“You seem to be mightily interested in the work,” Conniston smiled.
“I am. I am in love with it! A man can’t live here ten days and be a part of it without loving it or hating it. It’s the greatest work in the world; it’s big—bigger than we can see with our noses jammed up against it! It’s a man’s work. And thank God we’ve got the right man at the head of it!”
“Meaning the man who is the brain of it and the brawn of it; the heart and soul and glorious spirit of it; yes, and the pocket-book of it! That’s John Crawford, a big man—the biggest man I ever knew. Who else would have the nerve to tackle a thing like this, to tackle it lone-handed? And to hold on to it in the face of opposition which would crush another man, and with the risk of utter financial ruin looming as big as a house, like a glorious, grim old bulldog! Oh, you don’t know what it means yet; you can’t know. Wait until you’ve been here a week, seeing every day of it a thousand dollars poured into the sand, a few square yards of sand leveled, a few yards of canal dug, and you’ll begin to understand. Why, the whole thing as it stands is as dangerous as a dynamite bomb—and John Crawford is as cool about it as an anarchist!”
“You speak of opposition. I didn’t know—”
Garton rumpled his upstanding yellow hair and laughed softly.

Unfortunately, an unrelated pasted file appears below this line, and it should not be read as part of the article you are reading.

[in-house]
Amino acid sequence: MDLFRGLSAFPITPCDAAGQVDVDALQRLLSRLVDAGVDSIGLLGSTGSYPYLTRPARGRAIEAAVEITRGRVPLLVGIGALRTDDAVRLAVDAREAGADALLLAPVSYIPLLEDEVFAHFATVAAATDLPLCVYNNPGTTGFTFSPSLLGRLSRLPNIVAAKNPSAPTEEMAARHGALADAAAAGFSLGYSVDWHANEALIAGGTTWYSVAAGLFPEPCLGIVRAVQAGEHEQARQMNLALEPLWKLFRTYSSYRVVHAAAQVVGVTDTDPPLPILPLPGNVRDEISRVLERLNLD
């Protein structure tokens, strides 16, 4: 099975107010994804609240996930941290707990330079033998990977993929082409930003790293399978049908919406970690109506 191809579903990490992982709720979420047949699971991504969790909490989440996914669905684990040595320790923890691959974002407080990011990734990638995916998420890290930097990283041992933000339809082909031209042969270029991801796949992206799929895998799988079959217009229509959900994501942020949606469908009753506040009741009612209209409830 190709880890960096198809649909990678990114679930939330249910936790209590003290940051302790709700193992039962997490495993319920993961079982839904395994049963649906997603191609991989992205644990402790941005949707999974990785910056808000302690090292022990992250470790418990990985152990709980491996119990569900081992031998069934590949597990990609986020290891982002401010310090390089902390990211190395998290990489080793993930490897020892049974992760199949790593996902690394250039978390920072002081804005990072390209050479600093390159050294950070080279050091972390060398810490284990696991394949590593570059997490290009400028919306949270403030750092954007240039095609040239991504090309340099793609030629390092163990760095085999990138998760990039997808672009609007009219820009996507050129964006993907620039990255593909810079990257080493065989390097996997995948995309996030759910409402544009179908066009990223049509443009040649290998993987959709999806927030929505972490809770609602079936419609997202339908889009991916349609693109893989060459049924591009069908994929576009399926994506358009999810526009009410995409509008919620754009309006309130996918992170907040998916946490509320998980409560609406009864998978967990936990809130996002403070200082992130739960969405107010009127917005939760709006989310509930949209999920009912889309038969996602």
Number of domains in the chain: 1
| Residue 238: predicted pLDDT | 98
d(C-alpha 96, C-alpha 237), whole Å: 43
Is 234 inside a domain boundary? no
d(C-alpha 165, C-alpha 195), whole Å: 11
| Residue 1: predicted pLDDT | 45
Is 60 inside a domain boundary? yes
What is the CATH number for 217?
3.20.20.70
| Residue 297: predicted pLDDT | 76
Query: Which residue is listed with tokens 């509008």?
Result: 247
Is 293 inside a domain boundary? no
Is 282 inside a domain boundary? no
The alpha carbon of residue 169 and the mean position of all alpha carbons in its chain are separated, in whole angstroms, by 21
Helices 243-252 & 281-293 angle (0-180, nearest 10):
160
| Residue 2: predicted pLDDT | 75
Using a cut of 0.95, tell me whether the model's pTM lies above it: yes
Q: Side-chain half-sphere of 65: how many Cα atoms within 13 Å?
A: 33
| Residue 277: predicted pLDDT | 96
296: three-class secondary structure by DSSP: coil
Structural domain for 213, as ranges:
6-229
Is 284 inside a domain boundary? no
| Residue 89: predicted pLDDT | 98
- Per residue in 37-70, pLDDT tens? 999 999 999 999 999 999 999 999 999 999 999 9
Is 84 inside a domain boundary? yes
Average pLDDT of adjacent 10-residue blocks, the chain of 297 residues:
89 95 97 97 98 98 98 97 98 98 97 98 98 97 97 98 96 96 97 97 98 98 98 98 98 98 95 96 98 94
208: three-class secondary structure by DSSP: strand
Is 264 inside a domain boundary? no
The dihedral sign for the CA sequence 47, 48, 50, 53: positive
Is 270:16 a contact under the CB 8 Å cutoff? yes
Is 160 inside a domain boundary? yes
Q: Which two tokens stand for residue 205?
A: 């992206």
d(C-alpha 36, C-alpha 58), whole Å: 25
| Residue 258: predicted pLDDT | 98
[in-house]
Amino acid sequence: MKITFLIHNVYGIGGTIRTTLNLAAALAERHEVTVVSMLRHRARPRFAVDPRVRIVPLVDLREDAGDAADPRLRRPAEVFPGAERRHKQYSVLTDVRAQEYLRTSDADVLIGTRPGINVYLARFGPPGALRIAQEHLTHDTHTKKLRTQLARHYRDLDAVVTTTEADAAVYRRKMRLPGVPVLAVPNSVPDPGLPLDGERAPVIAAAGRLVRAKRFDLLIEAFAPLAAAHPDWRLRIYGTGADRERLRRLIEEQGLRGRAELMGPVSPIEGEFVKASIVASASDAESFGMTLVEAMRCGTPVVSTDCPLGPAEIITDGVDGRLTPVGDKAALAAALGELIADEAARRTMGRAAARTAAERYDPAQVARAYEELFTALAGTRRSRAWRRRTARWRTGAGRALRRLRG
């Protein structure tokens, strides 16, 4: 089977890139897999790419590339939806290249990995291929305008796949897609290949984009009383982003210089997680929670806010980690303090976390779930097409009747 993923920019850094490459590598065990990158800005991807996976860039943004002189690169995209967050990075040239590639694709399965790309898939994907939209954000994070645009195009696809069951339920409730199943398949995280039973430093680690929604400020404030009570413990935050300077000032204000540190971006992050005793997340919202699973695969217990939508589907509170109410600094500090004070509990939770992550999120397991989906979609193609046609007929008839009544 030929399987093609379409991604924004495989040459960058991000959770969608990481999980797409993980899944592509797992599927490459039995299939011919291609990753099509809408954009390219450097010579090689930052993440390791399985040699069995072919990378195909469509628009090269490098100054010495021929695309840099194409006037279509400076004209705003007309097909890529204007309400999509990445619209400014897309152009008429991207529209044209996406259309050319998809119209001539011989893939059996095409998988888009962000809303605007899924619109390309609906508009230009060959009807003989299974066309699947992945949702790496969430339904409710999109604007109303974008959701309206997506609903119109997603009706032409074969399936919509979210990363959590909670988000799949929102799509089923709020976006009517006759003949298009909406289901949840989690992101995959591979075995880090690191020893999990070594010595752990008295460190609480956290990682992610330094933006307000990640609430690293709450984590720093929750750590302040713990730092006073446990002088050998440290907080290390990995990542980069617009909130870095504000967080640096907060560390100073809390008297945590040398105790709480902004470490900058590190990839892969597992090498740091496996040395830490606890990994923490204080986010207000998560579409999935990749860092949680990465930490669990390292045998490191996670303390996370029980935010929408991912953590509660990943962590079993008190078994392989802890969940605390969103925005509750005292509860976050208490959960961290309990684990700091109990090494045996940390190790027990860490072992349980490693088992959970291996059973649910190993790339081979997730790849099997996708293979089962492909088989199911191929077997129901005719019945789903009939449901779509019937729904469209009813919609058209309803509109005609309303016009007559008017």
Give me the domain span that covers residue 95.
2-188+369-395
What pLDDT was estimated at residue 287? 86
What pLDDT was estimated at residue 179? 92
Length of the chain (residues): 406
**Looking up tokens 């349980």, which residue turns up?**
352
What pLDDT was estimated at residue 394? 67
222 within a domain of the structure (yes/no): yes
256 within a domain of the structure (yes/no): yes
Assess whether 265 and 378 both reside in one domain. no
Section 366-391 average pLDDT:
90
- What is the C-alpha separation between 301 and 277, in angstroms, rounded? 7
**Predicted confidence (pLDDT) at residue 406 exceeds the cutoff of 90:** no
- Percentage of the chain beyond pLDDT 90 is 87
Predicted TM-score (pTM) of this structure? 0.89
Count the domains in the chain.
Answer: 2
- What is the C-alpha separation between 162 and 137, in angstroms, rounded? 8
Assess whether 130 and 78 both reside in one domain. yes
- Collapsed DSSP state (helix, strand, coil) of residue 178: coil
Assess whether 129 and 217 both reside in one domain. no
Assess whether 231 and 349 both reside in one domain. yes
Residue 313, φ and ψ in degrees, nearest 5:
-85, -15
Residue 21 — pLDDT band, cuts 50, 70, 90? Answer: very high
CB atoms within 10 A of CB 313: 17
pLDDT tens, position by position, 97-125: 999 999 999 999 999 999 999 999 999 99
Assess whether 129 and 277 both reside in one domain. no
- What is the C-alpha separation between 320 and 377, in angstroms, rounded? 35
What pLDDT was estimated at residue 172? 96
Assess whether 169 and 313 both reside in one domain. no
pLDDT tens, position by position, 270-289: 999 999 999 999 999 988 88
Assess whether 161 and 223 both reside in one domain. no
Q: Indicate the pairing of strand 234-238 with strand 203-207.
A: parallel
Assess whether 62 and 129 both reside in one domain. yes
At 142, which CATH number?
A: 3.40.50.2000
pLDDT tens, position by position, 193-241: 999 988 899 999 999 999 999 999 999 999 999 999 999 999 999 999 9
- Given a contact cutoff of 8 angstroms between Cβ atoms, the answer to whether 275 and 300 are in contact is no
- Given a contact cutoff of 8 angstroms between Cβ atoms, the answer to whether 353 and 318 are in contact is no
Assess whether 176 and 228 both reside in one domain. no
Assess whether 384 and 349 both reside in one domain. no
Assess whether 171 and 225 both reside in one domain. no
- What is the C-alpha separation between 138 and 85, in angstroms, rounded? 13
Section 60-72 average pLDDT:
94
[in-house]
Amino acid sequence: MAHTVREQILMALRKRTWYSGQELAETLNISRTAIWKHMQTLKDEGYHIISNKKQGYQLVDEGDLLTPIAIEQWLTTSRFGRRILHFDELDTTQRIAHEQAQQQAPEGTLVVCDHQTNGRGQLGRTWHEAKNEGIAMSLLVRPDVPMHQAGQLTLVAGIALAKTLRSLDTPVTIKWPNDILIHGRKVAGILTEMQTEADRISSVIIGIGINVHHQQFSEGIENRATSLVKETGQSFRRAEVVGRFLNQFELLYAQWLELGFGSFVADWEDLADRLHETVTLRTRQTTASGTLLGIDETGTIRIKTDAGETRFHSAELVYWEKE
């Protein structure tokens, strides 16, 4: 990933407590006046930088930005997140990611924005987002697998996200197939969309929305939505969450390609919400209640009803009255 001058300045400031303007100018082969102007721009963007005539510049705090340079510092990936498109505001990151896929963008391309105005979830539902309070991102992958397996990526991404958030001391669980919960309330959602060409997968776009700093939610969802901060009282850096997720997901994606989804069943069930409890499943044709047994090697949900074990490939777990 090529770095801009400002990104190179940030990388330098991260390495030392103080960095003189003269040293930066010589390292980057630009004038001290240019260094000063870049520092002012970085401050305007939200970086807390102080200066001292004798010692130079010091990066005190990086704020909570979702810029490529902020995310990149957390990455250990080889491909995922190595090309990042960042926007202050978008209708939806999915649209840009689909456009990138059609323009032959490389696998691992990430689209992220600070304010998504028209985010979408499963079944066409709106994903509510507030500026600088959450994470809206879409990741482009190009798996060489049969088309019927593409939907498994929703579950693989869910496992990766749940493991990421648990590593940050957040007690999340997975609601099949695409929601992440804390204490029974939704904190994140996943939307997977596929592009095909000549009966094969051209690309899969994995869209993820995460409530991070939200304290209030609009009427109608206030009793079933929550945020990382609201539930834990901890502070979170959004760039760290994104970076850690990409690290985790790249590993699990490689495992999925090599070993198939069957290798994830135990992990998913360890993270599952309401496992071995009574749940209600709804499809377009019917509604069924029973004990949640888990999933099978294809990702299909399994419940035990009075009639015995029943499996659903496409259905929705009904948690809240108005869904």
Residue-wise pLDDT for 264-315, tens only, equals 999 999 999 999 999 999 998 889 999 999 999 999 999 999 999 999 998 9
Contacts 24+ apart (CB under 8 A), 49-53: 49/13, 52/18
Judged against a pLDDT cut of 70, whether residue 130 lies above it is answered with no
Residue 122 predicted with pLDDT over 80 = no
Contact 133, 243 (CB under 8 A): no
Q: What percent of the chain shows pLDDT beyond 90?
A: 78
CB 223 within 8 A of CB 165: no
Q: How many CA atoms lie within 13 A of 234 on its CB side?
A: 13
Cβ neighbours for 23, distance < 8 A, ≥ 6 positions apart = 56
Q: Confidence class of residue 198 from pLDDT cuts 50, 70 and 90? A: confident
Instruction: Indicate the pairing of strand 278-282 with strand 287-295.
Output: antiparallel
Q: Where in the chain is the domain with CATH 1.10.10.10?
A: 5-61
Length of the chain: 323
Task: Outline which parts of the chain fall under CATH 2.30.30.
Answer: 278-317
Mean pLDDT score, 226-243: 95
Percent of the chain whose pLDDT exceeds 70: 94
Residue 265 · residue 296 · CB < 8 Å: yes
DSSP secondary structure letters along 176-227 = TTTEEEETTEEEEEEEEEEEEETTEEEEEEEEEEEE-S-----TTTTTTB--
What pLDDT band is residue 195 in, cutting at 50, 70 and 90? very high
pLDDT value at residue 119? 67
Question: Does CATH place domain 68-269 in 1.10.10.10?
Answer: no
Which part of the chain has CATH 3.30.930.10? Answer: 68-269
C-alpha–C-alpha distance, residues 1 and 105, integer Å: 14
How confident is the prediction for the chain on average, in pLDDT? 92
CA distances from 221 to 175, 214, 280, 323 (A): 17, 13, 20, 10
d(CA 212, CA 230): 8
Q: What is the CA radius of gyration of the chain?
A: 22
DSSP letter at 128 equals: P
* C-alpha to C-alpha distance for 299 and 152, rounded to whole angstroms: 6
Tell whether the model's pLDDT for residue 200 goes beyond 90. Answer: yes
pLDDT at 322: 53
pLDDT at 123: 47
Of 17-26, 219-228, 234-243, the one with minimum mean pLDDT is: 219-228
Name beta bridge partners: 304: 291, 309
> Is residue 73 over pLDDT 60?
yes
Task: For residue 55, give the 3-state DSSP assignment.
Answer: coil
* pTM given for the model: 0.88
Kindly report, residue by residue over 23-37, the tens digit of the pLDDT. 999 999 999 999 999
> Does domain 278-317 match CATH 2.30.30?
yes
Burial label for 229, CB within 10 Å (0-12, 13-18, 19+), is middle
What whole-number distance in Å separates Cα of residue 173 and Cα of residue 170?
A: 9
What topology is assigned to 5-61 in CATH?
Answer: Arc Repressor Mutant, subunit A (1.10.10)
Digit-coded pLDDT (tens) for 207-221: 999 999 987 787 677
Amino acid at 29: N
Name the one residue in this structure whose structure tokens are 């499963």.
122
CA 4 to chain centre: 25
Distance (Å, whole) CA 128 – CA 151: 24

“I guess none of us know a great deal about it excepting John Crawford. And John Crawford doesn’t talk much. Oh, you will learn fast enough all that we know about it. And now I suppose you’ll be wanting to know where you fit into the machine. Bring any things with you—any personal effects?”
“A tooth-brush and an extra suit,” Conniston laughed. “They’re tied to my saddle outside.”
“You can bring ’em in here. I have a room in the back of this shack. You’re to share it with me, if you care to. You’ll find a shed in the back yard where you can leave your horse. There’s a barrel of water out there, too. And, by the way, you might as well learn right now not to throw away a drop of the stuff; it’s worth gold out here. When you get back I’ll go over things with you. Your first day’s work, the better part of it, will be to listen while I talk.”
Conniston unsaddled and tied his horse in the little shed, coming back into the office with his roll of clothes. Garton swung about upon his stool and pointed out the room at the back of the house which was to serve for the present as the sleeping-room for both men. There were two cots along opposite walls, a chair, and no other furniture. Conniston threw down his things upon the cot which Garton called to him was to be his, and came back into the office. Pulling a stool up to the table alongside of Garton, he began his first day’s work for the reclamation project.
Tommy Garton spoke swiftly, clearly, concisely, explaining those essentials of the work in hand which Conniston must grasp at the beginning. Filled with an ardor no whit less than Mr. Crawford’s, there seemed to be no single detail which he did not have at his fingers’ ends.